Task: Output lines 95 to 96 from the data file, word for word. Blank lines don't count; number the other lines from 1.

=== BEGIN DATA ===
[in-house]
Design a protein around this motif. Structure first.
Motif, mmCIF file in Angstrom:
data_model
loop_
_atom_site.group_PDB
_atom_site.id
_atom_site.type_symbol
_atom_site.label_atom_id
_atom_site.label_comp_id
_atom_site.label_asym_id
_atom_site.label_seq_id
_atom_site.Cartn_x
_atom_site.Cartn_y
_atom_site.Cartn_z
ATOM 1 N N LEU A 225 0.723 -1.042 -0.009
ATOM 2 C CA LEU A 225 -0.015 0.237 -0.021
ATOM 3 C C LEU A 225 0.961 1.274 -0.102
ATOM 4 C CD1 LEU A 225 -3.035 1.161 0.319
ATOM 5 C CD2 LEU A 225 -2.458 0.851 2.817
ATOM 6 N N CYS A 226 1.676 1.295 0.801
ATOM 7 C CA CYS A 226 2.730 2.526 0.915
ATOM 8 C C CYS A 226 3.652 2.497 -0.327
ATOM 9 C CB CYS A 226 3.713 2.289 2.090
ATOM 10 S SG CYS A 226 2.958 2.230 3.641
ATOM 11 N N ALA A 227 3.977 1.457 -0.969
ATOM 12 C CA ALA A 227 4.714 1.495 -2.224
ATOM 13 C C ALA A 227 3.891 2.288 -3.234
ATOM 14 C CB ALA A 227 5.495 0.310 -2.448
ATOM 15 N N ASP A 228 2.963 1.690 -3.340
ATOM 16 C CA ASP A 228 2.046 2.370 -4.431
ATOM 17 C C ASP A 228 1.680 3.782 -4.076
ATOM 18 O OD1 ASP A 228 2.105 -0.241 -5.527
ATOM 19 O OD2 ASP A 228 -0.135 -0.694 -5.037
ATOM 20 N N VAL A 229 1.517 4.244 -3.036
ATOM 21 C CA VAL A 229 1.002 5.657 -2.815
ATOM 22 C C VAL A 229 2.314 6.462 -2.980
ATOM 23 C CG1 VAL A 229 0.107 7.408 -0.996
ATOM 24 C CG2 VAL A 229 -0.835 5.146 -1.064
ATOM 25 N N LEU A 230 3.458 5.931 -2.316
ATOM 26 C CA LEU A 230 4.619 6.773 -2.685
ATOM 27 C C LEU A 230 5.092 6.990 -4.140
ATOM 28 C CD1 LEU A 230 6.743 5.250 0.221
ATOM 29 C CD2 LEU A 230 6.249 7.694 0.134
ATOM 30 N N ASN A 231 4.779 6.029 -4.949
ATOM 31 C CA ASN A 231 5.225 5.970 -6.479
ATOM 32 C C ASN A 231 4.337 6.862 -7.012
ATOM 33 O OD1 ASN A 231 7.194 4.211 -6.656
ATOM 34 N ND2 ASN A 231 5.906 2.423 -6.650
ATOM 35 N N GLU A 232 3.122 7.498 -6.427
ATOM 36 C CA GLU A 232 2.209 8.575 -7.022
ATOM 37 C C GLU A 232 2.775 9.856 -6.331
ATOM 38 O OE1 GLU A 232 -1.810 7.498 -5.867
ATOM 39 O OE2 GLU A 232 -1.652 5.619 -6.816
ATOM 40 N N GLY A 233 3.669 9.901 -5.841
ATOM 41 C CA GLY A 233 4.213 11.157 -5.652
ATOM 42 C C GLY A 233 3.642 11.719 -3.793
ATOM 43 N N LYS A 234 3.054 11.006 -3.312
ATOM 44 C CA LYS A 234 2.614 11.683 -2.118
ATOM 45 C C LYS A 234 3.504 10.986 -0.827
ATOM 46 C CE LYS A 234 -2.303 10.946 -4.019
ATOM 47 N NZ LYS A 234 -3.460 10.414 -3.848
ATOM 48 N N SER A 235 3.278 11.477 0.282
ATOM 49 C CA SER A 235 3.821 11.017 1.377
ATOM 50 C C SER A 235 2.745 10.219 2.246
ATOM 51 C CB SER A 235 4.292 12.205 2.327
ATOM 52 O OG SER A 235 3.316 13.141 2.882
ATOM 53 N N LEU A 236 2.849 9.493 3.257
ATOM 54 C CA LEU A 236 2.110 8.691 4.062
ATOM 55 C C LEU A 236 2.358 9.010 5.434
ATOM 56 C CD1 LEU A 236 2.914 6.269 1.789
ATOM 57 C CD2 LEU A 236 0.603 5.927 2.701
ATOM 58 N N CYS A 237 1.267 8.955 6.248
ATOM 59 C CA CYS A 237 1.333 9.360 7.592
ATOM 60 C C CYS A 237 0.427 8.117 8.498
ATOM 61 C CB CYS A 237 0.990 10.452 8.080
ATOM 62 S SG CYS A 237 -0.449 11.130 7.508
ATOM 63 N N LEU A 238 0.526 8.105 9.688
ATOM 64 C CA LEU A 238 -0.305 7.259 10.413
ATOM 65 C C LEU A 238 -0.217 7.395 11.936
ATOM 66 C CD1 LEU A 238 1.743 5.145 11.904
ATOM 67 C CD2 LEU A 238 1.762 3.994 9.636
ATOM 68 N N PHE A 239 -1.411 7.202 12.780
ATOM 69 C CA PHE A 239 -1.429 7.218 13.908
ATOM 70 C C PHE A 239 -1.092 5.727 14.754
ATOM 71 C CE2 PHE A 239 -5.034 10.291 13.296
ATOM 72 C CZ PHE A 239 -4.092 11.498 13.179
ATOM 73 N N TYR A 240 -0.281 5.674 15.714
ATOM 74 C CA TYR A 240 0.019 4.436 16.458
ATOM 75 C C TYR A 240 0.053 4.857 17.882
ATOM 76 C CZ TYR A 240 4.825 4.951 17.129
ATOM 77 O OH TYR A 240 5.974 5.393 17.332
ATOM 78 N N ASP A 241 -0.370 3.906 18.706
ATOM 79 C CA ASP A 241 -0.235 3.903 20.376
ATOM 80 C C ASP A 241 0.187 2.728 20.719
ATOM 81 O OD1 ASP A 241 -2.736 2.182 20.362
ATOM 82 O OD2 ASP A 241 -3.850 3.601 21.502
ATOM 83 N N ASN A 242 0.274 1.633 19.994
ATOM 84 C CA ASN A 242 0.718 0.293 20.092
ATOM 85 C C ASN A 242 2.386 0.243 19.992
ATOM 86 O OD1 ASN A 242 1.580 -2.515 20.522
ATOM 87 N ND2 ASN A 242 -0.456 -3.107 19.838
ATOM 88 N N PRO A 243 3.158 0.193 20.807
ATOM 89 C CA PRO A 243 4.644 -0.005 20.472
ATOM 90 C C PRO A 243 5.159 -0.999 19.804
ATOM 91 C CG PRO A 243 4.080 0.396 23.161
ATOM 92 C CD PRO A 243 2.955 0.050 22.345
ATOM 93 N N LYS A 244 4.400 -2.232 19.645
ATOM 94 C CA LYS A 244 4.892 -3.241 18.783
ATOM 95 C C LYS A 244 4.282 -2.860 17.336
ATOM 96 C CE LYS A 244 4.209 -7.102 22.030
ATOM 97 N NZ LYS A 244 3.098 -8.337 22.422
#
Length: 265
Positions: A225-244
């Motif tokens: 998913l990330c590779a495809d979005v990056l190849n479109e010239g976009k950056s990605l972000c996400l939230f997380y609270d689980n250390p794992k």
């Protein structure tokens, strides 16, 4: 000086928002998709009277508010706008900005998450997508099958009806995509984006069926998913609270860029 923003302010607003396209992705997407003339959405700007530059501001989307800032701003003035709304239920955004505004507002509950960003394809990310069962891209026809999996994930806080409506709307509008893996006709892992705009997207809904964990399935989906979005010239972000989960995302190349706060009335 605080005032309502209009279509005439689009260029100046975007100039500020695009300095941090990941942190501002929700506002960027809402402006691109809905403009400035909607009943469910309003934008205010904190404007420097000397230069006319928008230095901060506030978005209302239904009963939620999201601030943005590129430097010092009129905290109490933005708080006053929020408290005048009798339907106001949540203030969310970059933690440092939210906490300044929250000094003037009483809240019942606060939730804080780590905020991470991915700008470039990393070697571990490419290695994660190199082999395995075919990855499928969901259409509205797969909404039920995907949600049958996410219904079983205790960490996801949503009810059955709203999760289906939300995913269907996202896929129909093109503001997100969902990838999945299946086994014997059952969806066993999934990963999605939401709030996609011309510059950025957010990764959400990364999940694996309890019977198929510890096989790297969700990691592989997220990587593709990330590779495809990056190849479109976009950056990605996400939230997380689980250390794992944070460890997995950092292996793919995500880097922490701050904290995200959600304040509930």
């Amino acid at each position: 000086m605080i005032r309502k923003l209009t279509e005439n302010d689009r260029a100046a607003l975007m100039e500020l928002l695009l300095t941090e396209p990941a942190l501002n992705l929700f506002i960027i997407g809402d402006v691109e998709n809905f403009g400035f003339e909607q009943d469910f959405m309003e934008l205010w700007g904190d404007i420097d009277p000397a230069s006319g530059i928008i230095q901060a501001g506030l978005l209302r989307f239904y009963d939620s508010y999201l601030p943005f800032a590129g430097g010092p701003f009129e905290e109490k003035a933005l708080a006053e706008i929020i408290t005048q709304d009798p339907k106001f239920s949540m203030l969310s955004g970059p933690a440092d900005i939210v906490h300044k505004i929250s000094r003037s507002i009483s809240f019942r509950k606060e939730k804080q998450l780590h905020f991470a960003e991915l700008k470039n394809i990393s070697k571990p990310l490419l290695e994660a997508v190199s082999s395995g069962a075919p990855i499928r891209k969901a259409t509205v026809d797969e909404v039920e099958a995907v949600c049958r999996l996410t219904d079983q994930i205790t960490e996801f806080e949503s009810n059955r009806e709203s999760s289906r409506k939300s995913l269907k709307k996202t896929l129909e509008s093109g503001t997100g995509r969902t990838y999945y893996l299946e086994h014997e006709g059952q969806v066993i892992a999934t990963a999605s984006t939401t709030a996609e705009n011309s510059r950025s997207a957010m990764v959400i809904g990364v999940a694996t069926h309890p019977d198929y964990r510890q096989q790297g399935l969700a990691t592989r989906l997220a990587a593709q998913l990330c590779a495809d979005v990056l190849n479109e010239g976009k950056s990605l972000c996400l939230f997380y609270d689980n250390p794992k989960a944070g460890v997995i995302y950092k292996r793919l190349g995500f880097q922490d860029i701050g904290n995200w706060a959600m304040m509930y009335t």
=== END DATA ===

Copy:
ATOM 80 C C ASP A 241 0.187 2.728 20.719
ATOM 81 O OD1 ASP A 241 -2.736 2.182 20.362